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Oct. 17, 2013

Video could transform how schools serve teens with autism

Video-based teaching helps teens with autism learn important social skills, and the method eventually could be used widely by schools with limited resources, a Michigan State University researcher says.

The diagnosis rate for Autism Spectrum Disorder for 14- to 17-year-olds has more than doubled in the past five years, according to the Centers for Disease Control and Prevention. Yet previous research has found very few strategies for helping adolescents with autism develop skills needed to be successful, especially in group settings.

“Teaching social skills to adolescents with ASD has to be effective and practical,” said Joshua Plavnick, assistant professor of special education at MSU. “Using video-based group instruction regularly could promote far-reaching gains for students with ASD across many social behaviors.”

Plavnick developed group video teaching techniques with colleagues while a postdoctoral fellow at the University of North Carolina’s Frank Porter Graham Child Development Institute. Their findings are published in the research journal Exceptional Children.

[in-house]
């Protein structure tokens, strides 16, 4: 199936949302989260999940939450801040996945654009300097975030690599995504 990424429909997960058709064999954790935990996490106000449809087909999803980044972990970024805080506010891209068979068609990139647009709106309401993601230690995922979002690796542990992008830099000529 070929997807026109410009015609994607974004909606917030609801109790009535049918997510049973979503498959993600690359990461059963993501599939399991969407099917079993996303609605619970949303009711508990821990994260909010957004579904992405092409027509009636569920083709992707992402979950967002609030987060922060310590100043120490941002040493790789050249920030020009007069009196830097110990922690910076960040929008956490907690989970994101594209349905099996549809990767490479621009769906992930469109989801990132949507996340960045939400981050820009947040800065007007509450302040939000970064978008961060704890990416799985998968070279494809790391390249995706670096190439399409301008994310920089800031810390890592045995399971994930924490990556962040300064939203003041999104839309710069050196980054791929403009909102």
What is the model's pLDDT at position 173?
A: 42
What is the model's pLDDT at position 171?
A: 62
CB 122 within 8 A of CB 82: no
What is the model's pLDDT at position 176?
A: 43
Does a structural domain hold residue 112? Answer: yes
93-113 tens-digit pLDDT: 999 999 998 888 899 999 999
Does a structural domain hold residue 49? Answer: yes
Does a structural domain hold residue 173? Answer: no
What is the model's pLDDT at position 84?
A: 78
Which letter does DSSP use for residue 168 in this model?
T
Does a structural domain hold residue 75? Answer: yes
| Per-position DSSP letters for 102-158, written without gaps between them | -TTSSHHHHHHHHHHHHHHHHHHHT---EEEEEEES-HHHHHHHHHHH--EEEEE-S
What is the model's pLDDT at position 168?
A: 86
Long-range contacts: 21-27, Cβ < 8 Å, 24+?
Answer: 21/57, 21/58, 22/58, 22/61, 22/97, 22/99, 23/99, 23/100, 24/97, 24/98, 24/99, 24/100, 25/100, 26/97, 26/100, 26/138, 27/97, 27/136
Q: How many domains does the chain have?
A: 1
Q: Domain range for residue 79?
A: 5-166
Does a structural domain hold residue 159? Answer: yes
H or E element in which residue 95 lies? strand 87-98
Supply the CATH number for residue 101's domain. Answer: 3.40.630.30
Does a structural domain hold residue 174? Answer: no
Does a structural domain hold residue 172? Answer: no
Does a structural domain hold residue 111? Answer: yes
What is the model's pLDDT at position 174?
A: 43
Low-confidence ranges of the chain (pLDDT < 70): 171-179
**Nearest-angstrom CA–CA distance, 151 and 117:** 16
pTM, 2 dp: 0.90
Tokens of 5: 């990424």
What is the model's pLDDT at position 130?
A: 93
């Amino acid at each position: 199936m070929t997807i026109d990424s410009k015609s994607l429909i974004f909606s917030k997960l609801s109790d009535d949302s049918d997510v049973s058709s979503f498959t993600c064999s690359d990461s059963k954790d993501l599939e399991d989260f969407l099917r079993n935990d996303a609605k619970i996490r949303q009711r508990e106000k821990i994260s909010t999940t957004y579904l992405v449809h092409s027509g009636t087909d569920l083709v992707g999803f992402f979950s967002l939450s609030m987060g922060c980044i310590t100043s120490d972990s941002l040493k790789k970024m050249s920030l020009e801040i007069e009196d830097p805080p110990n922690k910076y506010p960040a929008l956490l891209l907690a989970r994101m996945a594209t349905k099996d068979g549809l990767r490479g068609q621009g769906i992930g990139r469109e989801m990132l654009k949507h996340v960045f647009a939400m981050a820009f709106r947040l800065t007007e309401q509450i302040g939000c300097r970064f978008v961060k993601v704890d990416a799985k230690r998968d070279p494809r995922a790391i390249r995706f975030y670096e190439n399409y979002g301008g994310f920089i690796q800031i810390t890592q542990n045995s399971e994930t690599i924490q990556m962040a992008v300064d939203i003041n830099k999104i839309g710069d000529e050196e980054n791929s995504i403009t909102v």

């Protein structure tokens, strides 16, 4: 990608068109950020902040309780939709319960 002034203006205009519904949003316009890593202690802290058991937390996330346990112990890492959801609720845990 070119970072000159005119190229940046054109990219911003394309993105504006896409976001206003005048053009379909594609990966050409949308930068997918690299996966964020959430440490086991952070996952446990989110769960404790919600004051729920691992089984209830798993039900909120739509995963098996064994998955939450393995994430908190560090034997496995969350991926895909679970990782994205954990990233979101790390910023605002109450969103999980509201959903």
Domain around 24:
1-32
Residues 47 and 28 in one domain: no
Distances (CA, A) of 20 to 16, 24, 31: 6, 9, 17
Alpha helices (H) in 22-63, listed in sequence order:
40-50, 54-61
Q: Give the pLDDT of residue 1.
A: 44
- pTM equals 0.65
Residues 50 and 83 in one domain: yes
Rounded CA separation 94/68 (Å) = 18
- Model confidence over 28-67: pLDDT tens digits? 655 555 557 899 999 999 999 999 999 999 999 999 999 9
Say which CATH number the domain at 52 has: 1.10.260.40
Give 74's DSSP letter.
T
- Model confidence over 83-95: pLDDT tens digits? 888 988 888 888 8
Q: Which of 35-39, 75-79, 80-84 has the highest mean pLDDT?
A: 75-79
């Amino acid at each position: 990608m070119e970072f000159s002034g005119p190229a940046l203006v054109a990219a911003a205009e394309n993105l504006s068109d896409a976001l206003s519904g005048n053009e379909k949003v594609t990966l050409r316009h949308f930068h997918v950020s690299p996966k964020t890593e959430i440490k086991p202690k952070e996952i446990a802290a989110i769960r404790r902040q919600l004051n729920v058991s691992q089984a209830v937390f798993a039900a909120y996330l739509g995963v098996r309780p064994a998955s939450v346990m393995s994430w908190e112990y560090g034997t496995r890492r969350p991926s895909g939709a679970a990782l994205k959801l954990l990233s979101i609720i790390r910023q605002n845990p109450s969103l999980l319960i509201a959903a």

Previous studies have shown many people with autism are more likely to pay attention when an innovative technology delivers information. Before Plavnick’s work, however, there were no investigations of video modeling as an option for teaching social skills to more than one adolescent with ASD at the same time.

The team recruited 13- to 17-year-old students with ASD and used laptops or iPads to offer group video instruction on social behaviors, such as inviting a peer to join an activity. One facilitator showed four students video footage of people helping one another clean up a mess, for example, and then gave them opportunities to practice the same skills in the classroom.

According to the researchers, the students demonstrated a rapid increase in the level of complex social behaviors each time video-based group instruction was used. Students sustained those social behaviors at high levels, even when the videos were used less often.

The students’ parents also completed anonymous surveys and indicated high levels of satisfaction. One reported their child started asking family members to play games together, a skill the teen had never before displayed at home.

Most schools do not have appropriate staff resources to provide one-on-one help for students with autism. The video can be used with a small group all at once and has been shown to be effective.

“Video-based group instruction is important, given the often limited resources in schools that also face increasing numbers of students being diagnosed with ASD,” said Plavnick, who also has begun implementing the strategy as part of a daily high school-based program.

Plavnick’s co-authors are Ann Sam of 3-C Research Institute and Samuel Odom and Kara Hume of the Frank Porter Graham Child Development Institute.